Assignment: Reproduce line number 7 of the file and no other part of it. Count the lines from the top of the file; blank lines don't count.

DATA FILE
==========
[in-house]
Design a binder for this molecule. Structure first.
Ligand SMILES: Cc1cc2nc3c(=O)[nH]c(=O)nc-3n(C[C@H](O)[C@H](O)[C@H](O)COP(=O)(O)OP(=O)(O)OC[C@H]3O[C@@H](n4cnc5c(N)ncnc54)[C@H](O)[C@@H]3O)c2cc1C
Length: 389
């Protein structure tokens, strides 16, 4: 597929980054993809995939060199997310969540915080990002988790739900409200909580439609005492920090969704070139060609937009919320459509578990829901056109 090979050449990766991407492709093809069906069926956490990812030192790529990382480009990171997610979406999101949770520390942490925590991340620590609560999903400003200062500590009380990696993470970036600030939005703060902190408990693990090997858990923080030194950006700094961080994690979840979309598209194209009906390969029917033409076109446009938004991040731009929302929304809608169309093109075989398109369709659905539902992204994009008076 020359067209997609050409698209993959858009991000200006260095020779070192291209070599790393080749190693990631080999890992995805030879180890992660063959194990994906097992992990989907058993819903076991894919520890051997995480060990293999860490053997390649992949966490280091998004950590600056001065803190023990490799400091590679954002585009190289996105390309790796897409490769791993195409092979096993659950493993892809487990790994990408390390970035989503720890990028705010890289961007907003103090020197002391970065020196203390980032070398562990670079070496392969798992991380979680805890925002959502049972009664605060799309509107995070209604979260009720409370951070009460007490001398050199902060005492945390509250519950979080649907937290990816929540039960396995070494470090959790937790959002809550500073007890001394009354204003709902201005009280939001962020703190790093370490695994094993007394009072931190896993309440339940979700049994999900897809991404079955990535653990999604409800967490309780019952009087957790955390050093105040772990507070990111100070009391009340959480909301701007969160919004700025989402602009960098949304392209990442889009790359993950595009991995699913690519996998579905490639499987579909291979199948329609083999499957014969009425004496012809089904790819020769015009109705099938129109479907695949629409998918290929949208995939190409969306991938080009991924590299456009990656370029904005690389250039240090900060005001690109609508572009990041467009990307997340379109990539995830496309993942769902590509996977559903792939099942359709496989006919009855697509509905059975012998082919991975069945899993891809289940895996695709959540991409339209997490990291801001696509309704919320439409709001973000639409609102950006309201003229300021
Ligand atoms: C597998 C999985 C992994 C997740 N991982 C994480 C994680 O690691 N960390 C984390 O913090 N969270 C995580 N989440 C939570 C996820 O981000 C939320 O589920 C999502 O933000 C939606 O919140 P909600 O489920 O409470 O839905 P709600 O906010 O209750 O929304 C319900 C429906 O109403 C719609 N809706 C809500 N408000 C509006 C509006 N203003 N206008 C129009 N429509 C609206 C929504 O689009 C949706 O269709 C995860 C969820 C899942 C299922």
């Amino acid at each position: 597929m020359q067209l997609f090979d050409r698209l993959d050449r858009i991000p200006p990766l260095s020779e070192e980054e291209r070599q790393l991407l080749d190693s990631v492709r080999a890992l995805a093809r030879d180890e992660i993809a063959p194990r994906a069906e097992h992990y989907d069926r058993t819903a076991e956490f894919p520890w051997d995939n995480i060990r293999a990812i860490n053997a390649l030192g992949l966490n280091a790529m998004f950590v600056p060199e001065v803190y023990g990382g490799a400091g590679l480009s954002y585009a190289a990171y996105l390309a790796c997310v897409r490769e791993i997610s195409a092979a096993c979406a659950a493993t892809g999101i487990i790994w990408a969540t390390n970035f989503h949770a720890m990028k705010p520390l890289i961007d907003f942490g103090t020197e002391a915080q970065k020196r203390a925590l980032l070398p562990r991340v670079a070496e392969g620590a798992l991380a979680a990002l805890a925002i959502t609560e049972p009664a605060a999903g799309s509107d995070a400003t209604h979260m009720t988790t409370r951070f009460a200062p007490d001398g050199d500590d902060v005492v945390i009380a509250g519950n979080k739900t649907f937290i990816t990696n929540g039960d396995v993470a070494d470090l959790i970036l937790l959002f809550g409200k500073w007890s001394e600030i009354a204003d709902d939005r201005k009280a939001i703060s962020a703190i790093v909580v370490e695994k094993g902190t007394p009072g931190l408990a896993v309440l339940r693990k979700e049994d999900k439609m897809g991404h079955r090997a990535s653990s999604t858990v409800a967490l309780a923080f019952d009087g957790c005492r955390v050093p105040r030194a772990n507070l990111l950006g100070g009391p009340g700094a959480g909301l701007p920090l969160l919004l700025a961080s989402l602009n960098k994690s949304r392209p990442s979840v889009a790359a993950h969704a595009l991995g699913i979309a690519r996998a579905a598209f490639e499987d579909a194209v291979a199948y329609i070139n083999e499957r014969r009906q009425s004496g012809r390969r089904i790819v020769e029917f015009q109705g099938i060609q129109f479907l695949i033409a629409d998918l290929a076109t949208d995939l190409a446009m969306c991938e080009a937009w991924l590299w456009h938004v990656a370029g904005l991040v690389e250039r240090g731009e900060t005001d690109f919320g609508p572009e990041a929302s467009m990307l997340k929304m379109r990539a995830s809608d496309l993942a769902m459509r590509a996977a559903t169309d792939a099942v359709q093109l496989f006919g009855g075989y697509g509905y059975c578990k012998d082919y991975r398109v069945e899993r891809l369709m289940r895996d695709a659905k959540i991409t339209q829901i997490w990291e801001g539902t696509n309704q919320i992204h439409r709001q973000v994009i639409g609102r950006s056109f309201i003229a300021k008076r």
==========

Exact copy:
């Amino acid at each position: 597929m020359q067209l997609f090979d050409r698209l993959d050449r858009i991000p200006p990766l260095s020779e070192e980054e291209r070599q790393l991407l080749d190693s990631v492709r080999a890992l995805a093809r030879d180890e992660i993809a063959p194990r994906a069906e097992h992990y989907d069926r058993t819903a076991e956490f894919p520890w051997d995939n995480i060990r293999a990812i860490n053997a390649l030192g992949l966490n280091a790529m998004f950590v600056p060199e001065v803190y023990g990382g490799a400091g590679l480009s954002y585009a190289a990171y996105l390309a790796c997310v897409r490769e791993i997610s195409a092979a096993c979406a659950a493993t892809g999101i487990i790994w990408a969540t390390n970035f989503h949770a720890m990028k705010p520390l890289i961007d907003f942490g103090t020197e002391a915080q970065k020196r203390a925590l980032l070398p562990r991340v670079a070496e392969g620590a798992l991380a979680a990002l805890a925002i959502t609560e049972p009664a605060a999903g799309s509107d995070a400003t209604h979260m009720t988790t409370r951070f009460a200062p007490d001398g050199d500590d902060v005492v945390i009380a509250g519950n979080k739900t649907f937290i990816t990696n929540g039960d396995v993470a070494d470090l959790i970036l937790l959002f809550g409200k500073w007890s001394e600030i009354a204003d709902d939005r201005k009280a939001i703060s962020a703190i790093v909580v370490e695994k094993g902190t007394p009072g931190l408990a896993v309440l339940r693990k979700e049994d999900k439609m897809g991404h079955r090997a990535s653990s999604t858990v409800a967490l309780a923080f019952d009087g957790c005492r955390v050093p105040r030194a772990n507070l990111l950006g100070g009391p009340g700094a959480g909301l701007p920090l969160l919004l700025a961080s989402l602009n960098k994690s949304r392209p990442s979840v889009a790359a993950h969704a595009l991995g699913i979309a690519r996998a579905a598209f490639e499987d579909a194209v291979a199948y329609i070139n083999e499957r014969r009906q009425s004496g012809r390969r089904i790819v020769e029917f015009q109705g099938i060609q129109f479907l695949i033409a629409d998918l290929a076109t949208d995939l190409a446009m969306c991938e080009a937009w991924l590299w456009h938004v990656a370029g904005l991040v690389e250039r240090g731009e900060t005001d690109f919320g609508p572009e990041a929302s467009m990307l997340k929304m379109r990539a995830s809608d496309l993942a769902m459509r590509a996977a559903t169309d792939a099942v359709q093109l496989f006919g009855g075989y697509g509905y059975c578990k012998d082919y991975r398109v069945e899993r891809l369709m289940r895996d695709a659905k959540i991409t339209q829901i997490w990291e801001g539902t696509n309704q919320i992204h439409r709001q973000v994009i639409g609102r950006s056109f309201i003229a300021k008076r």